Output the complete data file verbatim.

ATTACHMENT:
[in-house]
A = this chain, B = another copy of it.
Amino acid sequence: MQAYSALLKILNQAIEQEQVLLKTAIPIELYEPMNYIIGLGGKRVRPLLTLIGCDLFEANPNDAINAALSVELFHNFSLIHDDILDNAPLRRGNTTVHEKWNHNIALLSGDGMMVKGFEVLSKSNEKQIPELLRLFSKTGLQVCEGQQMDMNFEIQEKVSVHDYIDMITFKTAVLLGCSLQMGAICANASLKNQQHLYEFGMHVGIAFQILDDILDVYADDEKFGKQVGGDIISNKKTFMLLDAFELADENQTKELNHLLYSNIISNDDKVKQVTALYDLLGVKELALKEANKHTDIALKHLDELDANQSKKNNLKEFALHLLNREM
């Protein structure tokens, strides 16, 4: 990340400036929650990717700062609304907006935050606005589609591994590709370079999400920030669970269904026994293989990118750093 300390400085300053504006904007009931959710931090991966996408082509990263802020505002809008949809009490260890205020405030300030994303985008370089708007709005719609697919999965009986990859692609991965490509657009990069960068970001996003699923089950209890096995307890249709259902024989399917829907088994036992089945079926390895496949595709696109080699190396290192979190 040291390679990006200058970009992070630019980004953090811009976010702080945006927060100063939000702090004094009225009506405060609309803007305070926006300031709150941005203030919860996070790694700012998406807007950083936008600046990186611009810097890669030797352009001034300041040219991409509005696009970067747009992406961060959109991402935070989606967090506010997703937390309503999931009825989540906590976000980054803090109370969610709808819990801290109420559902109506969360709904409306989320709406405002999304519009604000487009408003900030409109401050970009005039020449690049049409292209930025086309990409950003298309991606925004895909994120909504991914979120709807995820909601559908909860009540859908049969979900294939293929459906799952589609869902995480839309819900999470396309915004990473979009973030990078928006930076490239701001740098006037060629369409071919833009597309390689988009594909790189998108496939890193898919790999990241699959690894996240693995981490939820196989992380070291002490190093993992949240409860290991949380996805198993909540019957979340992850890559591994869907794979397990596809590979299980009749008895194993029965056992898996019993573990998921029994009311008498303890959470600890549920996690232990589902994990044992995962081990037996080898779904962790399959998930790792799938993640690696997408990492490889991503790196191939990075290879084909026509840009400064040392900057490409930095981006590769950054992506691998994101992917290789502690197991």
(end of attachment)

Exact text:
[in-house]
A = this chain, B = another copy of it.
Amino acid sequence: MQAYSALLKILNQAIEQEQVLLKTAIPIELYEPMNYIIGLGGKRVRPLLTLIGCDLFEANPNDAINAALSVELFHNFSLIHDDILDNAPLRRGNTTVHEKWNHNIALLSGDGMMVKGFEVLSKSNEKQIPELLRLFSKTGLQVCEGQQMDMNFEIQEKVSVHDYIDMITFKTAVLLGCSLQMGAICANASLKNQQHLYEFGMHVGIAFQILDDILDVYADDEKFGKQVGGDIISNKKTFMLLDAFELADENQTKELNHLLYSNIISNDDKVKQVTALYDLLGVKELALKEANKHTDIALKHLDELDANQSKKNNLKEFALHLLNREM
């Protein structure tokens, strides 16, 4: 990340400036929650990717700062609304907006935050606005589609591994590709370079999400920030669970269904026994293989990118750093 300390400085300053504006904007009931959710931090991966996408082509990263802020505002809008949809009490260890205020405030300030994303985008370089708007709005719609697919999965009986990859692609991965490509657009990069960068970001996003699923089950209890096995307890249709259902024989399917829907088994036992089945079926390895496949595709696109080699190396290192979190 040291390679990006200058970009992070630019980004953090811009976010702080945006927060100063939000702090004094009225009506405060609309803007305070926006300031709150941005203030919860996070790694700012998406807007950083936008600046990186611009810097890669030797352009001034300041040219991409509005696009970067747009992406961060959109991402935070989606967090506010997703937390309503999931009825989540906590976000980054803090109370969610709808819990801290109420559902109506969360709904409306989320709406405002999304519009604000487009408003900030409109401050970009005039020449690049049409292209930025086309990409950003298309991606925004895909994120909504991914979120709807995820909601559908909860009540859908049969979900294939293929459906799952589609869902995480839309819900999470396309915004990473979009973030990078928006930076490239701001740098006037060629369409071919833009597309390689988009594909790189998108496939890193898919790999990241699959690894996240693995981490939820196989992380070291002490190093993992949240409860290991949380996805198993909540019957979340992850890559591994869907794979397990596809590979299980009749008895194993029965056992898996019993573990998921029994009311008498303890959470600890549920996690232990589902994990044992995962081990037996080898779904962790399959998930790792799938993640690696997408990492490889991503790196191939990075290879084909026509840009400064040392900057490409930095981006590769950054992506691998994101992917290789502690197991």